years to the $25 billion cost of the program and added about 5 million people to the program, including children, some legal
immigrants, pregnant women and adults aged 18 and 19. The bill was financed mainly by an increase in cigarette taxes.

House Democrats, with 45 Republicans, later compromised and passed a bill which expanded the plan by $35 billion and would have
insured about 3.5 million more children from families generally making between 250% and 300% of the federal poverty line (about
$51,000 to $62,000 for a family of four). Most non-pregnant, childless adults were excluded, as were most legal immigrants and all
illegal immigrants. Joe Knollenberg voted against the bill.

After President Bush vetoed the bill, Democratic leaders attempted to override the veto with the same bill but failed.
Joe Knollenberg voted against the bill.

House Democrats then attempted to override it with another bill, which gave into Republican demands for increased checks for
citizenship, the quick phasing-out of adult coverage, a hard limit of 300% of the federal poverty level and funding for
families that covered their children through private insurance instead. Republicans, angry that the vote was scheduled during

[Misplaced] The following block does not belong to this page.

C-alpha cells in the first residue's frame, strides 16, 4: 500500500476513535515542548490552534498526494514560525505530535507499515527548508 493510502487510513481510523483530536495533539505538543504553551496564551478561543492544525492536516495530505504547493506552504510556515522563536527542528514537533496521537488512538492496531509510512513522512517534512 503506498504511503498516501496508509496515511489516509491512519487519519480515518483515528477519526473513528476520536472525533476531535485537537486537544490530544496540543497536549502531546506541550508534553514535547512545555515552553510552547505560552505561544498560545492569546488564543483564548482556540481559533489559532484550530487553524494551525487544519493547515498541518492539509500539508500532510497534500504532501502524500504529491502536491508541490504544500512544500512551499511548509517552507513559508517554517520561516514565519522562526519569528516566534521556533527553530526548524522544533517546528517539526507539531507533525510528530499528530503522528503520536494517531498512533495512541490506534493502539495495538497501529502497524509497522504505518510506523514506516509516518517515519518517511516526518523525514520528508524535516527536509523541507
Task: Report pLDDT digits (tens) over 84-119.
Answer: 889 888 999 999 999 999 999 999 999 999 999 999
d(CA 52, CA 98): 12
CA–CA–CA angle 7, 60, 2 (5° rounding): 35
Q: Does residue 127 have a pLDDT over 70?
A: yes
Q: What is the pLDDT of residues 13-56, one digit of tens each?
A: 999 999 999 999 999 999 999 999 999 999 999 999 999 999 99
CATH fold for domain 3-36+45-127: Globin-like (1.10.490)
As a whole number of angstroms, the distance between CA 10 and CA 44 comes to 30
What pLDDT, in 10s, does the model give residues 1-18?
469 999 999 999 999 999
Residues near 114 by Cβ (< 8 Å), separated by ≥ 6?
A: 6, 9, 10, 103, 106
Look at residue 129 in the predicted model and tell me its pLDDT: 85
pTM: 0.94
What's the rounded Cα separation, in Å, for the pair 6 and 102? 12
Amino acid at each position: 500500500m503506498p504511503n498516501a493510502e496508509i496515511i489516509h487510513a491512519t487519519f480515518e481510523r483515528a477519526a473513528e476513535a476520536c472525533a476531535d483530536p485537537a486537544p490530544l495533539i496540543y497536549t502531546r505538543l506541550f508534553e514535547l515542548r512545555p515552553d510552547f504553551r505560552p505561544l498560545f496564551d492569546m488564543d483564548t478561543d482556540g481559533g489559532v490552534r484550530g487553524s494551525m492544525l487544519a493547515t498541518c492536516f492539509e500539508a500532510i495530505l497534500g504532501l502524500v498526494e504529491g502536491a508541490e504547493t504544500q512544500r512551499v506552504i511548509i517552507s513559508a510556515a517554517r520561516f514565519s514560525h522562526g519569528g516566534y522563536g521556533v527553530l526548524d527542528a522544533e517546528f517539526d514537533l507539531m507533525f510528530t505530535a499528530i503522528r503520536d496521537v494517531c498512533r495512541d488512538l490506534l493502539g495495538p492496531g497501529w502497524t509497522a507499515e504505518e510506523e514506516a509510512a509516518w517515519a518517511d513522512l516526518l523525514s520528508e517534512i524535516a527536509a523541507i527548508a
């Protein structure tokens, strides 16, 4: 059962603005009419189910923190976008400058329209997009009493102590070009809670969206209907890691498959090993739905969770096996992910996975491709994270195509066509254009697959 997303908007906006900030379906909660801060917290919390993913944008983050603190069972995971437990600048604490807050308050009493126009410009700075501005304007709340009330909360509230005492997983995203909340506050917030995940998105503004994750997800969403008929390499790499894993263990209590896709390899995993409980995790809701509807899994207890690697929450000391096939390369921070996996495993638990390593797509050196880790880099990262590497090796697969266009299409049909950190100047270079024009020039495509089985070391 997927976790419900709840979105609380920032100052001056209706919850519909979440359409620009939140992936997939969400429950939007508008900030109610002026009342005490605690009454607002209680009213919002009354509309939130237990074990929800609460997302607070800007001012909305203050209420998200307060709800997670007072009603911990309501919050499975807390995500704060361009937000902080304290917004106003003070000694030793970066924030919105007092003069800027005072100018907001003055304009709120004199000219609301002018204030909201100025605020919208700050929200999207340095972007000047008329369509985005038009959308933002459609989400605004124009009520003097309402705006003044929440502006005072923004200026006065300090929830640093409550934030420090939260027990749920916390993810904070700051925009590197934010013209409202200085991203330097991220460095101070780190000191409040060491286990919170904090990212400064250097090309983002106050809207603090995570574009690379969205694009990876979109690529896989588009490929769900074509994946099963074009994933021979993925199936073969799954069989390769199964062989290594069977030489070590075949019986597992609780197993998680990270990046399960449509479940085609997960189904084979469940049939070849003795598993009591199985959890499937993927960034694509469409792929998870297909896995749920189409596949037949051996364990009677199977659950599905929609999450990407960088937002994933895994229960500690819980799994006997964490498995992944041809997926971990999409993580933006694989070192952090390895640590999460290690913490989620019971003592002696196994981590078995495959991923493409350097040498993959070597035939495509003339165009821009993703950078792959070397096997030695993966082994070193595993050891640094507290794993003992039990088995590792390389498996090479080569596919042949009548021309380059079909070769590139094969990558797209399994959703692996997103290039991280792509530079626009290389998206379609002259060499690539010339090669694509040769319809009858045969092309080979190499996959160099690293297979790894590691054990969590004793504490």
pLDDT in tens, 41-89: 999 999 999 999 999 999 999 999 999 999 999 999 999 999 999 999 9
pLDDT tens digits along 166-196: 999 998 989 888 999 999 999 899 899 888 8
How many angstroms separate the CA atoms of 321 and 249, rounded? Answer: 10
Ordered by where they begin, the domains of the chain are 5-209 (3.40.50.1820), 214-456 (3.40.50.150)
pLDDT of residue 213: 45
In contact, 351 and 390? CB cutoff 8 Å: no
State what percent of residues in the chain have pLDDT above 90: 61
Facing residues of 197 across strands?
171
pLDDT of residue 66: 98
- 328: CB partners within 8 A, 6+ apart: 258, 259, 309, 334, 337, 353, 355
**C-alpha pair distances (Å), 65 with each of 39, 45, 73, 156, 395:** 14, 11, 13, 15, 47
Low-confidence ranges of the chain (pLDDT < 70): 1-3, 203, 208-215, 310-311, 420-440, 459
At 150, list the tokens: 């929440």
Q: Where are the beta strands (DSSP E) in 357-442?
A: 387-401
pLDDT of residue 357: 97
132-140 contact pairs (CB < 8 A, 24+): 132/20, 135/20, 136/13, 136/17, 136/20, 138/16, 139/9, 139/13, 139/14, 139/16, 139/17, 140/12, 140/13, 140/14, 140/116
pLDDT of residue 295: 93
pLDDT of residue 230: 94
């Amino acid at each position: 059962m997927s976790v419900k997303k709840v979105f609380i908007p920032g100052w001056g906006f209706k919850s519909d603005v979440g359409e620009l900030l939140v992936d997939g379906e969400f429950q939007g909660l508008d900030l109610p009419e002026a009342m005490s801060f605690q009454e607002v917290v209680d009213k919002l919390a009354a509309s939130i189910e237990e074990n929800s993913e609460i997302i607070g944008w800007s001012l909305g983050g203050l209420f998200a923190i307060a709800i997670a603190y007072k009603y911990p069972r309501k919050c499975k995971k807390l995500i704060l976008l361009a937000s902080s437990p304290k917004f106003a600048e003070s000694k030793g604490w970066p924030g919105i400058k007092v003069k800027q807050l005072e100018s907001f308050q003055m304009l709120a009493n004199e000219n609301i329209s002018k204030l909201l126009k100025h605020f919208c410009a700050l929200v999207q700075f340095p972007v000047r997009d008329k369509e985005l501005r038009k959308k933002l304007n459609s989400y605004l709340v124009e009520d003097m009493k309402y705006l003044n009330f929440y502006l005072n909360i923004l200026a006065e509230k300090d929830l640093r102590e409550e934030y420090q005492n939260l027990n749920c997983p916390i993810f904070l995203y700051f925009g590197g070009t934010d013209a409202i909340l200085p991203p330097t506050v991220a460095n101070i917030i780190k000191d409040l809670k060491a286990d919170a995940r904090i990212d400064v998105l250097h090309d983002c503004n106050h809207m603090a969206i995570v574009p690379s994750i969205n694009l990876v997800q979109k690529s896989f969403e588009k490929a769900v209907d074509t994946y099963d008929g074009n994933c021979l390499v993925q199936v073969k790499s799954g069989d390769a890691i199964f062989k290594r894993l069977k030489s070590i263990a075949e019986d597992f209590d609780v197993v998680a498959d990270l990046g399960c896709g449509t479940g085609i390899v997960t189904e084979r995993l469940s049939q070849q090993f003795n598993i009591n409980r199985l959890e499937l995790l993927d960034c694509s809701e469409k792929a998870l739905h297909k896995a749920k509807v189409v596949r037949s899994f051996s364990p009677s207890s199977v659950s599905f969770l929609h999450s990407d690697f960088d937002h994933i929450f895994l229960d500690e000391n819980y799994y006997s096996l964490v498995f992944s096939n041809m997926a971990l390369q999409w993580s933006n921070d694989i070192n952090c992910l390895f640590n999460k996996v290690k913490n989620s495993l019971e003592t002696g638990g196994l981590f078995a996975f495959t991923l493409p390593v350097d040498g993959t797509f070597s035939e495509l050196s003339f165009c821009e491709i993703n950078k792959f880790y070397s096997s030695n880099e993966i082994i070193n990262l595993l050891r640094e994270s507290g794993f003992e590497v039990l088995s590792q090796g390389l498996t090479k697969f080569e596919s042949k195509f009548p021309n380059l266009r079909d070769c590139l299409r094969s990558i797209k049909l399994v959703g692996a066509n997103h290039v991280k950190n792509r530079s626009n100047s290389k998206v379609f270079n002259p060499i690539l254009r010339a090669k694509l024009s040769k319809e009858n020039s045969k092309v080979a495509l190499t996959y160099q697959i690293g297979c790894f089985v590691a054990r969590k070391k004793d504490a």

massive fires in California, blocked the veto override. Joe Knollenberg voted against the bill. For details on the bills and the
debate, see the main State Children's Health Insurance Program page.

Iraq War

Knollenberg voted for the Authorization for Use of Military Force Against Iraq Resolution of 2002 that started the Iraq War.[1]

For more information see the chart of U.S. House of Representatives votes on the Iraq War.

Environmental record

For more information on environmental legislation, see the Energy and Environment Policy Portal


Knollenberg was born November 28, 1933 in Mattoon, Illinois. He graduated from Eastern Illinois University in 1955 and then served in the United States Army from 1955 to 1957. He became an insurance agent and moved to Oakland County, Michigan in 1967.

Congressional career